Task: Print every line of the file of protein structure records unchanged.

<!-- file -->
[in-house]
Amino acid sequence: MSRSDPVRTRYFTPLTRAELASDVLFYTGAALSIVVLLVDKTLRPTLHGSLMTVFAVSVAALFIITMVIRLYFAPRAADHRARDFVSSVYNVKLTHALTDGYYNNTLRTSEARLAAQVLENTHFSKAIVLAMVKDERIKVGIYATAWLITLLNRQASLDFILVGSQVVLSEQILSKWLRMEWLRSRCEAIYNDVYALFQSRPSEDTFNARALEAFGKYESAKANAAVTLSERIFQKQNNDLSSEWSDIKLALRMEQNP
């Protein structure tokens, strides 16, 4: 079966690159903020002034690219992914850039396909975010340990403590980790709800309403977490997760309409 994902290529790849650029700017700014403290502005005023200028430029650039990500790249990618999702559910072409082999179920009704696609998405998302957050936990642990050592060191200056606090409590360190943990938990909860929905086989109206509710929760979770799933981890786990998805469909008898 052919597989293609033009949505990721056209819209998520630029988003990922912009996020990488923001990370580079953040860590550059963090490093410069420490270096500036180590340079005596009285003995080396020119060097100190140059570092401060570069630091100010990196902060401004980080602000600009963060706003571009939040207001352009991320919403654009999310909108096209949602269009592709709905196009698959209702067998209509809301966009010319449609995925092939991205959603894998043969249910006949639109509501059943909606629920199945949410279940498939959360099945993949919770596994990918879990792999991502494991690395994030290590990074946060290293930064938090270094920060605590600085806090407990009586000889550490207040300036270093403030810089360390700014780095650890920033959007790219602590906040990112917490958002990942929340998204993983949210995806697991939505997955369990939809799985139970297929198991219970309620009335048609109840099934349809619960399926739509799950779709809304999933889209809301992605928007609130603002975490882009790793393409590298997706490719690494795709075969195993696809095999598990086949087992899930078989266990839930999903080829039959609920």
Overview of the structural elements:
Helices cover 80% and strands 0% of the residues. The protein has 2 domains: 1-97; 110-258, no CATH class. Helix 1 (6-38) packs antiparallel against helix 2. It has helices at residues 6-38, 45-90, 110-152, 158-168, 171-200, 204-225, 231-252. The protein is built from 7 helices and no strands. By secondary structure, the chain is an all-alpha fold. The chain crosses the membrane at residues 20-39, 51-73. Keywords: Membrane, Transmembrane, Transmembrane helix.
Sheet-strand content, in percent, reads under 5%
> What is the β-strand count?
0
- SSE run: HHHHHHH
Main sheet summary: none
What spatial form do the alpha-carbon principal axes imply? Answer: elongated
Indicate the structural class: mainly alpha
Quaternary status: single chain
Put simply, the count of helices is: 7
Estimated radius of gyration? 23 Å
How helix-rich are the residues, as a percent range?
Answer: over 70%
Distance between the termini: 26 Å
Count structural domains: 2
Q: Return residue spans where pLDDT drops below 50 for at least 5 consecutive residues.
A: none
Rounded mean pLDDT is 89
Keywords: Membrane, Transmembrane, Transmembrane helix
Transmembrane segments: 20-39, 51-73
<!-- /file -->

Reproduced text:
[in-house]
Amino acid sequence: MSRSDPVRTRYFTPLTRAELASDVLFYTGAALSIVVLLVDKTLRPTLHGSLMTVFAVSVAALFIITMVIRLYFAPRAADHRARDFVSSVYNVKLTHALTDGYYNNTLRTSEARLAAQVLENTHFSKAIVLAMVKDERIKVGIYATAWLITLLNRQASLDFILVGSQVVLSEQILSKWLRMEWLRSRCEAIYNDVYALFQSRPSEDTFNARALEAFGKYESAKANAAVTLSERIFQKQNNDLSSEWSDIKLALRMEQNP
């Protein structure tokens, strides 16, 4: 079966690159903020002034690219992914850039396909975010340990403590980790709800309403977490997760309409 994902290529790849650029700017700014403290502005005023200028430029650039990500790249990618999702559910072409082999179920009704696609998405998302957050936990642990050592060191200056606090409590360190943990938990909860929905086989109206509710929760979770799933981890786990998805469909008898 052919597989293609033009949505990721056209819209998520630029988003990922912009996020990488923001990370580079953040860590550059963090490093410069420490270096500036180590340079005596009285003995080396020119060097100190140059570092401060570069630091100010990196902060401004980080602000600009963060706003571009939040207001352009991320919403654009999310909108096209949602269009592709709905196009698959209702067998209509809301966009010319449609995925092939991205959603894998043969249910006949639109509501059943909606629920199945949410279940498939959360099945993949919770596994990918879990792999991502494991690395994030290590990074946060290293930064938090270094920060605590600085806090407990009586000889550490207040300036270093403030810089360390700014780095650890920033959007790219602590906040990112917490958002990942929340998204993983949210995806697991939505997955369990939809799985139970297929198991219970309620009335048609109840099934349809619960399926739509799950779709809304999933889209809301992605928007609130603002975490882009790793393409590298997706490719690494795709075969195993696809095999598990086949087992899930078989266990839930999903080829039959609920």
Overview of the structural elements:
Helices cover 80% and strands 0% of the residues. The protein has 2 domains: 1-97; 110-258, no CATH class. Helix 1 (6-38) packs antiparallel against helix 2. It has helices at residues 6-38, 45-90, 110-152, 158-168, 171-200, 204-225, 231-252. The protein is built from 7 helices and no strands. By secondary structure, the chain is an all-alpha fold. The chain crosses the membrane at residues 20-39, 51-73. Keywords: Membrane, Transmembrane, Transmembrane helix.
Sheet-strand content, in percent, reads under 5%
> What is the β-strand count?
0
- SSE run: HHHHHHH
Main sheet summary: none
What spatial form do the alpha-carbon principal axes imply? Answer: elongated
Indicate the structural class: mainly alpha
Quaternary status: single chain
Put simply, the count of helices is: 7
Estimated radius of gyration? 23 Å
How helix-rich are the residues, as a percent range?
Answer: over 70%
Distance between the termini: 26 Å
Count structural domains: 2
Q: Return residue spans where pLDDT drops below 50 for at least 5 consecutive residues.
A: none
Rounded mean pLDDT is 89
Keywords: Membrane, Transmembrane, Transmembrane helix
Transmembrane segments: 20-39, 51-73